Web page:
• Possible Modifications
  • [0082]
    Although the light-emitting semiconductor device according to the present invention has been shown and described hereinbefore in terms of some currently preferred forms, it is not desired that the invention be limited by the exact details of these preferred forms or by the description thereof. The following is a brief list of possible modifications of the illustrated embodiments which are all believed to fall within the purview of the instant invention:
  • [0083]
    1. The silicon baseplate 8 is unnecessary in cases where the light-generating semiconductor region 2 itself is sufficiently strong mechanically. The reflective metal layer 8 will then serve as cathode.
  • [0084]
    2. The open-worked ohmic contact layer 4 could be an array of discrete regions of circular or other shape instead of the rectangular shape shown. It could even be latticed or striped. A latticed ohmic contact layer might be employed in combination with a anti-alloying layer in the form an array of discrete regions.
  • [0085]
    3. An n-type AlGaInP contact layer and/or n-type buffer layer could be provided between ohmic contact layer 4 and n-type cladding 11 and/or between n-type cladding 11 and anti-alloying layer 20.
  • [0086]
    4. The ohmic contact layer 4 could be of AuGa or other material instead of AuGeGa, provided that such different material is sufficiently transparent. Its thickness may then be limited to the range of 20 to 1000 angstroms. The overall reflectivity of the ohmic contact layer 4 and reflective metal layer 5 will then be sufficiently high to contribute to appreciable improvement in the efficiency of the LED.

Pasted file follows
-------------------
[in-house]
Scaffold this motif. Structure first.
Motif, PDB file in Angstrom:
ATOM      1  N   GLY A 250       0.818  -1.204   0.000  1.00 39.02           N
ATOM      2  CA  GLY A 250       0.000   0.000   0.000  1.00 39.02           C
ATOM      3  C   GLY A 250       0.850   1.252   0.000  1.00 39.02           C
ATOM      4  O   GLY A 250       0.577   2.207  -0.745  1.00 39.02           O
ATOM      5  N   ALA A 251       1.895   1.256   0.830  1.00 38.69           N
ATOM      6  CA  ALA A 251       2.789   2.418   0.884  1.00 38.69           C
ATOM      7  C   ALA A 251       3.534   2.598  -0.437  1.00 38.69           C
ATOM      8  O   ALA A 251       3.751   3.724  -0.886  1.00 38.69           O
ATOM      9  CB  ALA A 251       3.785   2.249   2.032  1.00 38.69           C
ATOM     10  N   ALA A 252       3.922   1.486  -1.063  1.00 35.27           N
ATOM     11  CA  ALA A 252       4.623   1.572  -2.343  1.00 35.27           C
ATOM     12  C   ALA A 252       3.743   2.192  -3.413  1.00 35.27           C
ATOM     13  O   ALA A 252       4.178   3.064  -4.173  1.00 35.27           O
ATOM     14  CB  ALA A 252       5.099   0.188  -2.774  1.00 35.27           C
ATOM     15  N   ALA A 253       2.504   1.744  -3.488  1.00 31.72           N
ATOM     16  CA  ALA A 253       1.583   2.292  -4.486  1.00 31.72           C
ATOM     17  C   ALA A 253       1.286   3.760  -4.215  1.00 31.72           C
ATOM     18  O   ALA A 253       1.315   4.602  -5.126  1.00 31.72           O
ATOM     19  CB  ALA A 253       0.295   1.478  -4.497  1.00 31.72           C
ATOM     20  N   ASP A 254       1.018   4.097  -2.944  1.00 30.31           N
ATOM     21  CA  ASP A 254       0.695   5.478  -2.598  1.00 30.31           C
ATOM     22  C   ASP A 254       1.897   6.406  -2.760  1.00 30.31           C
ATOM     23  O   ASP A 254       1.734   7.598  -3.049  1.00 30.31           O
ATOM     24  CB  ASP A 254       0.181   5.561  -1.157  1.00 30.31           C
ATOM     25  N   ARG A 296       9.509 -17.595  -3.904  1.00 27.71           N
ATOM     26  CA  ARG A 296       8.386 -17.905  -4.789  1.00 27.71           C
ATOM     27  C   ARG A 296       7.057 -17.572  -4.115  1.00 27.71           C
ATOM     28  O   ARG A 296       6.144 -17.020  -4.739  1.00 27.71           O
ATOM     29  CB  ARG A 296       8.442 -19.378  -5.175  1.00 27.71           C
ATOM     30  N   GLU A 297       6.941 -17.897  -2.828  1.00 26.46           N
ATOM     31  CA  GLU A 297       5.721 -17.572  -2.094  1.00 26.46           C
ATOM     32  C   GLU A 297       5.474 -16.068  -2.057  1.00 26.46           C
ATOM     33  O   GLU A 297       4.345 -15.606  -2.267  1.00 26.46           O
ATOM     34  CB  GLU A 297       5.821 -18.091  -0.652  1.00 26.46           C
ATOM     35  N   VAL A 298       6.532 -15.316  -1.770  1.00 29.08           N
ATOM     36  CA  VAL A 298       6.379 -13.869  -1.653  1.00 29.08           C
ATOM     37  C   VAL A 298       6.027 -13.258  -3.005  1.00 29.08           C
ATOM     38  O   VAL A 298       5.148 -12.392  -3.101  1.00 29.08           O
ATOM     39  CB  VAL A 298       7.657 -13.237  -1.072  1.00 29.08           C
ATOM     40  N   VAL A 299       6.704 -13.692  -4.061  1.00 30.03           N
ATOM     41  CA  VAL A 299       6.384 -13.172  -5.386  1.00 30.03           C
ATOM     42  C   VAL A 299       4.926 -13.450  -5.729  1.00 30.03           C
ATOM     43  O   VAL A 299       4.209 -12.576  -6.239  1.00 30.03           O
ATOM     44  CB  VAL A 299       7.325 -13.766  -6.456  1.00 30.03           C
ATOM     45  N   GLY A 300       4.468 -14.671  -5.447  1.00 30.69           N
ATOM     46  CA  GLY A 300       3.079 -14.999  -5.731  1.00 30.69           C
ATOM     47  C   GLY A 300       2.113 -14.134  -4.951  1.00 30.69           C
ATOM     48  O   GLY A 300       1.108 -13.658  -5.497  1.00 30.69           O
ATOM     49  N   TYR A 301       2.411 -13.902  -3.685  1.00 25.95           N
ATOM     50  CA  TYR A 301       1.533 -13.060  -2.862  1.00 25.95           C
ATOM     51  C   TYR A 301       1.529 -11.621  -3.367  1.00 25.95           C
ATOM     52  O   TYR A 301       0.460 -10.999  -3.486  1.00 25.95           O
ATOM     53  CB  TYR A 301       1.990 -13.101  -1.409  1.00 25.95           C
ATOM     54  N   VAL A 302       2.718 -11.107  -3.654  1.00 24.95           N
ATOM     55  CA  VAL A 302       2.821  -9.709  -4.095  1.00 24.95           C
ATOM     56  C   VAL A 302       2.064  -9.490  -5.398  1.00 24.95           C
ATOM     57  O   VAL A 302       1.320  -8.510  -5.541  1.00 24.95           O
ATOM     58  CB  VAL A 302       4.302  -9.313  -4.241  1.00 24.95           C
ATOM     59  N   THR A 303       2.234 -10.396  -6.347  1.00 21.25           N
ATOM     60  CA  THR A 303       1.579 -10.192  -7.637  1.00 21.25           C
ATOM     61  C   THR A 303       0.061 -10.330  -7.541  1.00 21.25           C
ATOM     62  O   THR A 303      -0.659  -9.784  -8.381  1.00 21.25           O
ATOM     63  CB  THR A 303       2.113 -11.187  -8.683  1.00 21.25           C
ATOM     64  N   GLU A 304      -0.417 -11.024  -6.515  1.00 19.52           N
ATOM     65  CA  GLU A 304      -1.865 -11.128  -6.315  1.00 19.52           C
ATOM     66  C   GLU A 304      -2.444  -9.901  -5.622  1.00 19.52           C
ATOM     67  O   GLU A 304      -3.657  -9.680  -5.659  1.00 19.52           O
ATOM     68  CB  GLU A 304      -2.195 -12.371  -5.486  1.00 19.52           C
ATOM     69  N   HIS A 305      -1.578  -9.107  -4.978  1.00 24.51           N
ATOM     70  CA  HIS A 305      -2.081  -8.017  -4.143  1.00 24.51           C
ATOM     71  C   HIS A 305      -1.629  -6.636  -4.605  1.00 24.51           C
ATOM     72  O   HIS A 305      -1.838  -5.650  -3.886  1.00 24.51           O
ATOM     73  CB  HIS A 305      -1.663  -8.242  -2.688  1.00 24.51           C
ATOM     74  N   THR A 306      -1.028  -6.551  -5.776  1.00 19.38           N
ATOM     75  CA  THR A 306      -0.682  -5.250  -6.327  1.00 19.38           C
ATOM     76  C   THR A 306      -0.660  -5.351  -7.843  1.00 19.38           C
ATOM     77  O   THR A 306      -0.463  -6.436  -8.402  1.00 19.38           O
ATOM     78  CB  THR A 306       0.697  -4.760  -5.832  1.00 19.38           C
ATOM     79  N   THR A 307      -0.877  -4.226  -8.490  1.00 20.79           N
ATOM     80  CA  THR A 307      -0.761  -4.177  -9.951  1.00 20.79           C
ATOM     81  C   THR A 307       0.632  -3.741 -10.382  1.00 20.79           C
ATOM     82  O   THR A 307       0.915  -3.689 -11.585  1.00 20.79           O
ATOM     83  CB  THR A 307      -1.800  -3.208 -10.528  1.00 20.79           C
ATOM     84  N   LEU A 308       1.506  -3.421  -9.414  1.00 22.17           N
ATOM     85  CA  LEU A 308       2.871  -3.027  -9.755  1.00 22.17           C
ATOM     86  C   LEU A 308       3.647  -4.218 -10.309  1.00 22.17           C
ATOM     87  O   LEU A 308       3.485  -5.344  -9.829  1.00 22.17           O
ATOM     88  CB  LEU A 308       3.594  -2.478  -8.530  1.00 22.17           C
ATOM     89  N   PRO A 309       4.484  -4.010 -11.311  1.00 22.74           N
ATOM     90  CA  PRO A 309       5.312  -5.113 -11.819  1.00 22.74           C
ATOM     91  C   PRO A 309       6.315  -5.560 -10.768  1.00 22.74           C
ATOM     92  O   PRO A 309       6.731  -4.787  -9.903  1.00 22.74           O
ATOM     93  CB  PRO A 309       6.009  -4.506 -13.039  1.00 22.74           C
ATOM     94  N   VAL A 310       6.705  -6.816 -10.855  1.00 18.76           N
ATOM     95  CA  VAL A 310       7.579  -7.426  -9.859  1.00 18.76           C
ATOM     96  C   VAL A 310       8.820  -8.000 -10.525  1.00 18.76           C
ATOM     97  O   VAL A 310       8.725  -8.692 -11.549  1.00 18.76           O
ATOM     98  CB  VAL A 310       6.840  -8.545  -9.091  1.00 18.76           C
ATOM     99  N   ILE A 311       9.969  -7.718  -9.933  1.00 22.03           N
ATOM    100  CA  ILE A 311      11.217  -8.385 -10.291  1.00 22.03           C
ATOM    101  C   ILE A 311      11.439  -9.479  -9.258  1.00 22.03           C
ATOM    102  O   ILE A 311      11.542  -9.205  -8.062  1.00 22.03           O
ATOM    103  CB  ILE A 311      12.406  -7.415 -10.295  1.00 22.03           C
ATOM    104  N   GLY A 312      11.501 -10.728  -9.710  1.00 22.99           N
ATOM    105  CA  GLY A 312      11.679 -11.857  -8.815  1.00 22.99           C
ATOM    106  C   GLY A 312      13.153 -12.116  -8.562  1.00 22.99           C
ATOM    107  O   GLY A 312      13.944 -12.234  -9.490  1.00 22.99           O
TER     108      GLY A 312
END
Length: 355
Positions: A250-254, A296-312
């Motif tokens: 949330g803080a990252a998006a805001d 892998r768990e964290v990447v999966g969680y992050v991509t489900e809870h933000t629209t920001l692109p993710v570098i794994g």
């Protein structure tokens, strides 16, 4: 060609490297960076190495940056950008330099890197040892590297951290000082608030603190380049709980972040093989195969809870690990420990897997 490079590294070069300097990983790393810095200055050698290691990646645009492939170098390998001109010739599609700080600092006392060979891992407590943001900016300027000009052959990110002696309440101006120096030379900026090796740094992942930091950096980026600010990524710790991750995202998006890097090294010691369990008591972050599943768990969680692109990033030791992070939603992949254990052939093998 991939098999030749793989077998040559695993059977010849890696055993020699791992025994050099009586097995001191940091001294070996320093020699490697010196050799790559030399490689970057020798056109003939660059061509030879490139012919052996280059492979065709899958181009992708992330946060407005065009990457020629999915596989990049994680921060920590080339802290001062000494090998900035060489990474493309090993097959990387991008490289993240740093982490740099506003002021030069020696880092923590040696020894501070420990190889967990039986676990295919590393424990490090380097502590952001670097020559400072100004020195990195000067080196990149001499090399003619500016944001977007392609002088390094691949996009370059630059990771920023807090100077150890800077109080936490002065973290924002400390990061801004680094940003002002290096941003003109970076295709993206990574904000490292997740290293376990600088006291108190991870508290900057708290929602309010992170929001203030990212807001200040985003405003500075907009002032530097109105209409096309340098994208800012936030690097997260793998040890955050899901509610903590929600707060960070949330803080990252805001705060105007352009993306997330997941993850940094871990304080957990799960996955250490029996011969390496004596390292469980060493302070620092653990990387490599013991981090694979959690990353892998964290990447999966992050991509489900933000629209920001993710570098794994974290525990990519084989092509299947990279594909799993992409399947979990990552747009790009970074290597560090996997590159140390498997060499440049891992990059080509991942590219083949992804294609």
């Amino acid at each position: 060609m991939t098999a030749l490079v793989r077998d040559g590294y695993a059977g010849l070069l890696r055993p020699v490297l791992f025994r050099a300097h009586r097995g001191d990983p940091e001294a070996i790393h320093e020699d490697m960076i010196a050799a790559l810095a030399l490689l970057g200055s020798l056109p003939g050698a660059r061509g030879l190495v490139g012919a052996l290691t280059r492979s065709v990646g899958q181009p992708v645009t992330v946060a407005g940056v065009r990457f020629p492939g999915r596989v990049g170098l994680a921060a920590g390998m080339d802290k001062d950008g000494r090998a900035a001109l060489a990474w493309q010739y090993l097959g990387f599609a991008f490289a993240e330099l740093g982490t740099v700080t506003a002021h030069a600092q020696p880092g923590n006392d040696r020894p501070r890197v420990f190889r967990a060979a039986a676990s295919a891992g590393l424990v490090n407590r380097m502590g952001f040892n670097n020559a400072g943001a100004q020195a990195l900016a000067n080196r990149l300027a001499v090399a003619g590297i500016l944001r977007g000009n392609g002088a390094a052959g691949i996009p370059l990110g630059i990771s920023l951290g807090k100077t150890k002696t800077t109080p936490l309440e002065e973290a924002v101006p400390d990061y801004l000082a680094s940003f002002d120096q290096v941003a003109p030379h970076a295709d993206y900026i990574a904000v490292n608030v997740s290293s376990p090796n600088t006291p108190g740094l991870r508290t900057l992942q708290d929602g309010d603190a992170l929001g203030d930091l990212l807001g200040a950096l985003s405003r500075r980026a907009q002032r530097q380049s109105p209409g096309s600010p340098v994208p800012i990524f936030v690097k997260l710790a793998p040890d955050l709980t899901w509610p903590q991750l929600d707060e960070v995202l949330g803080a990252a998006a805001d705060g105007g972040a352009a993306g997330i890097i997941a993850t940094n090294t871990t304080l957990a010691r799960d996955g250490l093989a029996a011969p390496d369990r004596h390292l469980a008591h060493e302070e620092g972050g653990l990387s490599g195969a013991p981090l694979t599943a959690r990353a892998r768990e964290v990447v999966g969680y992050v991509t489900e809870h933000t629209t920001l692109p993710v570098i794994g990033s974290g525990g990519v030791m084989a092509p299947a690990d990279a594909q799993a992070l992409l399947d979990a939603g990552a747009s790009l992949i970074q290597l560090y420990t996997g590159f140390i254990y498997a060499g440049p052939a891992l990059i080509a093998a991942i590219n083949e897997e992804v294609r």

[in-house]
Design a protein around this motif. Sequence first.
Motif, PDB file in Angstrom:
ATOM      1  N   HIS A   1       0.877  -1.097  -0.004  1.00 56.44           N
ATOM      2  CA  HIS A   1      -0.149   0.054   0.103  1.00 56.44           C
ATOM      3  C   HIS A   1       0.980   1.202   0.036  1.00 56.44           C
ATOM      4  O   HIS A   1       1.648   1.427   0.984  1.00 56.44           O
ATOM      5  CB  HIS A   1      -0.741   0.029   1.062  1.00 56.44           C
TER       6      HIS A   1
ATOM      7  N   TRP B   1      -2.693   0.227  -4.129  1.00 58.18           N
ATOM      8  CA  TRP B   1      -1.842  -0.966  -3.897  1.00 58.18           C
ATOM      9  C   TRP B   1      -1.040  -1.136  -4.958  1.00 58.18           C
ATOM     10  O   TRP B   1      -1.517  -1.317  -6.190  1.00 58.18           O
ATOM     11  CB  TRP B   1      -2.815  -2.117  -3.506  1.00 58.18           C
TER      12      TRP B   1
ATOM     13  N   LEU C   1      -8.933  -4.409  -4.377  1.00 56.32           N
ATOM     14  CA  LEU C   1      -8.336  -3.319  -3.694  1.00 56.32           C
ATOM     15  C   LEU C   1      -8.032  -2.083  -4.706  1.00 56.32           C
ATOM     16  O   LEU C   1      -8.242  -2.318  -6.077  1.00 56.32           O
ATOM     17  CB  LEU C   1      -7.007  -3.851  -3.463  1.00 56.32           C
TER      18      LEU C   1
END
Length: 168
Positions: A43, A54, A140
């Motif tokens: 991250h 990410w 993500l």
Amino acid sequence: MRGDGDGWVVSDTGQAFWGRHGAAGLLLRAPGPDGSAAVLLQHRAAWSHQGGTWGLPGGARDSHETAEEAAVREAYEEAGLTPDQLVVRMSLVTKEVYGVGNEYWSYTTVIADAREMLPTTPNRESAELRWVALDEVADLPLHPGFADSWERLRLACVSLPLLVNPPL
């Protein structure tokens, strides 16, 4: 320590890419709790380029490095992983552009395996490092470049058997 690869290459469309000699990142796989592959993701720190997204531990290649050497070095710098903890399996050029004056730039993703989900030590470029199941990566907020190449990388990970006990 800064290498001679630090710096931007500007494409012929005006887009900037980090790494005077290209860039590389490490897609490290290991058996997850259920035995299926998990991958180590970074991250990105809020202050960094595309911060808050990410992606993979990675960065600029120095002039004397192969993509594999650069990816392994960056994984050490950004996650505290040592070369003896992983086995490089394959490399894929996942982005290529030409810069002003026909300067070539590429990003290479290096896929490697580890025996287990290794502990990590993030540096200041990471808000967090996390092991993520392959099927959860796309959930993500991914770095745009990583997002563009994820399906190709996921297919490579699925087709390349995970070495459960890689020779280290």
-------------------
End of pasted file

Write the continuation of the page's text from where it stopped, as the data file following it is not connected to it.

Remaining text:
• [0087]
    5. The gold layer 19 may be of some other metal capable of alloying with gallium.
  • [0088]
    6. A metal-made baseplate could be adopted in lieu of the silicon baseplate 8.
  • [0089]
    7. The transition metal layer 17 could be made from a metal or metals other than chromium, such as one or more of titanium, nickel, scandium, vanadium, manganese, iron, cobalt, cupper, zinc, beryllium, and derivatives thereof. The transition metal layer 17 could also be a lamination of a gold sublayer, chromium sublayer, and another gold sublayer, that of a chromium sublayer, nickel sublayer, and gold sublayer, or that of a chromium sublayer, gold-silicon alloy sublayer, and gold sublayer.
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US8263991 *Nov 13, 2007Sep 11, 2012Formosa Epitaxy IncorporationLight-emitting gallium nitride-based III-V group compound semiconductor device and manufacturing method thereof
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US8535393Jan 4, 2011Sep 17, 2013International Business Machines CorporationMethod and apparatus for measurement and control of photomask to substrate alignment
US8536587Jan 3, 2011Sep 17, 2013International Business Machines CorporationMethod and apparatus for measurement and control of photomask to substrate alignment
US8653540Apr 12, 2013Feb 18, 2014Osram Opto Semiconductors GmbhOptoelectronic semiconductor body and method for producing the same
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US20080303034 *Nov 13, 2007Dec 11, 2008Kuo-Chin HuangLight-emitting gallium nitride-based III-V group compound semiconductor device and manufacturing method thereof
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US20100171135 *Apr 24, 2008Jul 8, 2010Karl EnglOptoelectronic Semiconductor Body and Method for Producing the Same
US20110096310 *Jan 3, 2011Apr 28, 2011International Business Machines CorporationMethod and apparatus for measurement and control of photomask to substrate alignment
US20110096329 *Jan 4, 2011Apr 28, 2011International Business Machines CorporationMethod and apparatus for measurement and control of photomask to substrate alignment
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US20150123152 *Nov 5, 2014May 7, 2015Epistar CorporationLight-emitting element
Classifications
U.S. Classification257/79, 257/E33.068, 438/48, 257/431
International ClassificationH01L27/15, H01L21/00, H01L33/30, H01L33/38, H01L33/10, H01L33/42, H01L33/04
Cooperative ClassificationH01L33/44, H01L33/405
European ClassificationH01L33/40C
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Effective date: 20050801